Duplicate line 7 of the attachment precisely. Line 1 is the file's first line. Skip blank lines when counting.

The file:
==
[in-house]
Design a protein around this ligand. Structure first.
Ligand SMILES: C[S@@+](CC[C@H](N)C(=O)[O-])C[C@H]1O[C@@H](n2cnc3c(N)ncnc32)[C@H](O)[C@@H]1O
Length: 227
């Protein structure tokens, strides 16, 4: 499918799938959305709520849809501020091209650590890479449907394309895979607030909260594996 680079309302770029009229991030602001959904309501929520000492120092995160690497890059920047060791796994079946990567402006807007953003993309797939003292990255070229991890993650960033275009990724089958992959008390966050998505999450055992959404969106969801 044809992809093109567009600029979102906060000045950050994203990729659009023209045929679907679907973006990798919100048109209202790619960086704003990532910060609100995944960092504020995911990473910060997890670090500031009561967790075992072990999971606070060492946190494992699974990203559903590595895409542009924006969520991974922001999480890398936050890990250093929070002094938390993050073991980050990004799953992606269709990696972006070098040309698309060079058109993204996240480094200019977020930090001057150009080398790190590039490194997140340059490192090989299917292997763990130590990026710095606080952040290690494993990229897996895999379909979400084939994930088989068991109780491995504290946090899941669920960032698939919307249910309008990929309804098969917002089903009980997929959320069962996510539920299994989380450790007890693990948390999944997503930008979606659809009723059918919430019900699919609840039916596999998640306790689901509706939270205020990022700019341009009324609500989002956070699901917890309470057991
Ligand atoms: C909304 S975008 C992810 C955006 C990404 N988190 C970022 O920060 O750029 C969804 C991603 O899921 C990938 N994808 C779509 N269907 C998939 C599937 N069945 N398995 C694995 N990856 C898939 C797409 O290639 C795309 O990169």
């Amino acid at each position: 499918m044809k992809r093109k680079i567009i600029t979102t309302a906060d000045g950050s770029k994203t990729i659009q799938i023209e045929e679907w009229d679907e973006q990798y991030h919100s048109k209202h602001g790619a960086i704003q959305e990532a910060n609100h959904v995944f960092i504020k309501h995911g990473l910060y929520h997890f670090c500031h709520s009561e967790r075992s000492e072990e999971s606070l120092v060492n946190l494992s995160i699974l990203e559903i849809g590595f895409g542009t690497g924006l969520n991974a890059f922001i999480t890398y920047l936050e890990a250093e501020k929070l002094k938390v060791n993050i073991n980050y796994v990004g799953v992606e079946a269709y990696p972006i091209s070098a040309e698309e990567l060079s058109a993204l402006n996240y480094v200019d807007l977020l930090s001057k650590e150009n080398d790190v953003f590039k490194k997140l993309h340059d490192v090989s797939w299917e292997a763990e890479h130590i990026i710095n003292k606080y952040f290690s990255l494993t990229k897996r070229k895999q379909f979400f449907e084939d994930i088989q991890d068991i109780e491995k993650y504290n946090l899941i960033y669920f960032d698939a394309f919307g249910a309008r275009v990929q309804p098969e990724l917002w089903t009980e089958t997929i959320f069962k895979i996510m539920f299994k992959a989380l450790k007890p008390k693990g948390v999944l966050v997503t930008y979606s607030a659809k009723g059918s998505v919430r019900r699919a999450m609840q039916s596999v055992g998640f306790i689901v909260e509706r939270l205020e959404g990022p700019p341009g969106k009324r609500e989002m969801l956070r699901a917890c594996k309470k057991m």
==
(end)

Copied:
């Amino acid at each position: 499918m044809k992809r093109k680079i567009i600029t979102t309302a906060d000045g950050s770029k994203t990729i659009q799938i023209e045929e679907w009229d679907e973006q990798y991030h919100s048109k209202h602001g790619a960086i704003q959305e990532a910060n609100h959904v995944f960092i504020k309501h995911g990473l910060y929520h997890f670090c500031h709520s009561e967790r075992s000492e072990e999971s606070l120092v060492n946190l494992s995160i699974l990203e559903i849809g590595f895409g542009t690497g924006l969520n991974a890059f922001i999480t890398y920047l936050e890990a250093e501020k929070l002094k938390v060791n993050i073991n980050y796994v990004g799953v992606e079946a269709y990696p972006i091209s070098a040309e698309e990567l060079s058109a993204l402006n996240y480094v200019d807007l977020l930090s001057k650590e150009n080398d790190v953003f590039k490194k997140l993309h340059d490192v090989s797939w299917e292997a763990e890479h130590i990026i710095n003292k606080y952040f290690s990255l494993t990229k897996r070229k895999q379909f979400f449907e084939d994930i088989q991890d068991i109780e491995k993650y504290n946090l899941i960033y669920f960032d698939a394309f919307g249910a309008r275009v990929q309804p098969e990724l917002w089903t009980e089958t997929i959320f069962k895979i996510m539920f299994k992959a989380l450790k007890p008390k693990g948390v999944l966050v997503t930008y979606s607030a659809k009723g059918s998505v919430r019900r699919a999450m609840q039916s596999v055992g998640f306790i689901v909260e509706r939270l205020e959404g990022p700019p341009g969106k009324r609500e989002m969801l956070r699901a917890c594996k309470k057991m």